The key to holiness is abstention. In truth, abstention sounds like a bummer. Who wants to be a party pooper? It’s clear, however, that the greatest rewards in life are gained through abstention. Marital bliss and the resulting gift of children can only take place when one abstains from extramarital affairs. Accessing the deepest potential of the Sabbath and holidays requires a long list of abstentions. In fact, the way we celebrate is largely framed in the negative by the things we CANNOT do. We then fill the empty space that remains with nurturing activities like prayer, long meals and family time that otherwise wouldn’t be possible. God seems to be teaching us the invaluable lesson that most worthwhile endeavors involve postponing immediate gratification for a brighter future. I’m reminded of the research study wherein children tempted with delicious marshmallows would receive extra ones if they could wait. The kids were tracked throughout their lives and those who were able to abstain from the treats for a certain period of time were the most successful in life.

Whereas Rashi claims that a state of holiness is the result of abstaining from the illicit sexual acts that are enumerated in the rest of the Kedoshim parsha, Ramban argues that holiness arises from abstaining from those things that are ARE permitted to us. He points out that one can keep kosher and still be a slovenly glutton. This teaches that holiness involves balance. Eat kosher food, but don’t be a pig! Learn Torah, but don’t be a snob. Make a fortune, but give tzedakah. We may be a separate nation that “dwells apart,” but we are loving and tolerant to others. In the search for holiness it’s tempting to go to extremes or attempt asceticism but as the Rambam states, the key is to remain integrated with one’s community and to walk on the “shvil hazahav” or a balanced path. Perhaps the best biblical example of the importance of balance can be found in the laws of becoming a Nazir (one who feels the need to get super-frum for a period of time.) One might think that undertaking “extra” commandments is commendable but remarkably, when one completes the Nazirite period, he or she must bring a sin offering.

Our sages divide our commandments into positive and negative. Thou shalt vs. thou shalt not. The “shalt” category is simply a list of 248 divine pathways for connection at our disposal. The 365 “shalt nots” are those activities that will clog up those divine pathways. Stop for a moment and ponder that the next mitzvah you do, even giving a buck to a beggar, is opening a divine pathway to holiness. The grand total is a God-given 613 commandments (and not 613 “suggestions!”) They are the key to retaining holiness. Yes, it is worthwhile to debate the nuances of observance, but not at the expense of simple faith and service. The mitzvot are our most invaluable inheritance. Every single mitzvah you do has “angels doingbackflips.” Some claim that this system is archaic, valid only in biblical times or that Judaism today is a vestigial rabbinic construct. I’d like to argue that more than ever these principles are crucial for understanding the world, staying married, staying in shape, taking a weekly break from technology/media and igniting our imperiled national spark.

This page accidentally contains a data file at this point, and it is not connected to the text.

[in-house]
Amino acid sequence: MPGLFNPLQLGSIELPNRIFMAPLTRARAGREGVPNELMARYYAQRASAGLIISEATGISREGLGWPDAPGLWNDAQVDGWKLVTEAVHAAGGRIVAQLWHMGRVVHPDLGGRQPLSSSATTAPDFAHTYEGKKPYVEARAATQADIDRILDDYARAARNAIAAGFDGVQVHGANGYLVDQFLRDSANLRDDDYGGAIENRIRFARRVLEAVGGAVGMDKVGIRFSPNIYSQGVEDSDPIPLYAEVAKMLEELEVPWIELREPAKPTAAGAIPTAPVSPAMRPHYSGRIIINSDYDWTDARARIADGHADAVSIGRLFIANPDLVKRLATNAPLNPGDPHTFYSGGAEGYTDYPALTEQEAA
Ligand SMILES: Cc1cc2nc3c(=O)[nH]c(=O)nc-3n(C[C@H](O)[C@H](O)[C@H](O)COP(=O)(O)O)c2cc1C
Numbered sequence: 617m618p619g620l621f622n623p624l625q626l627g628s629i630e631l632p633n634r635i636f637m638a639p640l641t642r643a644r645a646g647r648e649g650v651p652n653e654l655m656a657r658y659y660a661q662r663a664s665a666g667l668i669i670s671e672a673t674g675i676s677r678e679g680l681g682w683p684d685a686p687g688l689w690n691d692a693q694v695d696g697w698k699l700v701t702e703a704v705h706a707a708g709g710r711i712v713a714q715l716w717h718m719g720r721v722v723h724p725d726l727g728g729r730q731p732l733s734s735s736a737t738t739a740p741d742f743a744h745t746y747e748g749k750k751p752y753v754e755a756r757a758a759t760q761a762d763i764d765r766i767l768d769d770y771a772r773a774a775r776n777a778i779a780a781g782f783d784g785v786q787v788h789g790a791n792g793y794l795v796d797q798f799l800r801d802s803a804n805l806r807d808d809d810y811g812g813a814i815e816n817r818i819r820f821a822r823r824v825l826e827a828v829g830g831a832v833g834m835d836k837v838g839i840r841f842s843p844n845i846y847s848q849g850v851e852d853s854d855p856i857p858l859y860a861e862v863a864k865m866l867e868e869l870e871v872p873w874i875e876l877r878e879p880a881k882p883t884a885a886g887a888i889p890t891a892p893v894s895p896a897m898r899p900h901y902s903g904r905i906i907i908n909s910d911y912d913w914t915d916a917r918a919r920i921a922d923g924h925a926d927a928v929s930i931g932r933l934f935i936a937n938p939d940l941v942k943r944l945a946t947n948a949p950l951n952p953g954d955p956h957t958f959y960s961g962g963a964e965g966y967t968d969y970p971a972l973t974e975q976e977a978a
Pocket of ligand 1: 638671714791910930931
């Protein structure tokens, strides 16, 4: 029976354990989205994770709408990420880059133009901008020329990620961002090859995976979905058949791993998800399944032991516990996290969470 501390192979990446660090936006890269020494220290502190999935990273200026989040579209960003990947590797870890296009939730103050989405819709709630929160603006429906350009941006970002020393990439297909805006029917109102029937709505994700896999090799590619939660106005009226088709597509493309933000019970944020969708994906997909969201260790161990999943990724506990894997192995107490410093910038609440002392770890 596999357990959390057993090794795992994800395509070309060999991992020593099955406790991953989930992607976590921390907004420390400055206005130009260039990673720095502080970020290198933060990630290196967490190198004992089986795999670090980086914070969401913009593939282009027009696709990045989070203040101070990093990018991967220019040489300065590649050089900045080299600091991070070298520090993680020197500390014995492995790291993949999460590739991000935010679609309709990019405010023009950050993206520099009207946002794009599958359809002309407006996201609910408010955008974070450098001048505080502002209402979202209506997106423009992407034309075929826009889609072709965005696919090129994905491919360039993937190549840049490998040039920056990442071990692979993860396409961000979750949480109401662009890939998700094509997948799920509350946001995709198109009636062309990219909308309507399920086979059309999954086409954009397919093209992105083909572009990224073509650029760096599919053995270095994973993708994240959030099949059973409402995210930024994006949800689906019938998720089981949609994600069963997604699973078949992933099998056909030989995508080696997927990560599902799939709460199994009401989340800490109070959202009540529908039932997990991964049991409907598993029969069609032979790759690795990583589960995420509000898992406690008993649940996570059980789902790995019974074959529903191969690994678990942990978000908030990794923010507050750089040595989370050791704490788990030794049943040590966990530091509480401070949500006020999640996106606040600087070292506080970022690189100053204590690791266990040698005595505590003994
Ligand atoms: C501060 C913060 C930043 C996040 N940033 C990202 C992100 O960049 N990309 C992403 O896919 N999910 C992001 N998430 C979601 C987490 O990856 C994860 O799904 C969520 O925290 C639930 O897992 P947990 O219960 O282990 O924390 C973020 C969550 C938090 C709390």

In fact, I believe that the net result of learning about holiness and applying the lessons leads to nothing short of a Matrix-style taking of the red pill. One enters a new realm, a powerful, palpable parallel universe. A realm filled with joy and tranquility. Even when everything seems to be going wrong! This transformation is the logical result of entering the path that God has created for his chosen people. Electrons have distinct pathways, planets have orbits, a forest left on its own will flourish. We humans are utterly miraculous in terms of the inexplicable design of our bodies and souls, the pinnacle of God’s creation. Of course we too have a path! We call it halacha, which literally means “the pathway” and is the term for the body of Jewish law. Seen this way, law isn’t confining or strict, it’s liberating! Taking on mitzvot with intention, understanding and balance can launch us on a trajectory where one can soar with God. Prayer becomes a mind-blowing tool of sweet partnership and dialog. Human interaction becomes refined and enlightened. Sounds utopian, right?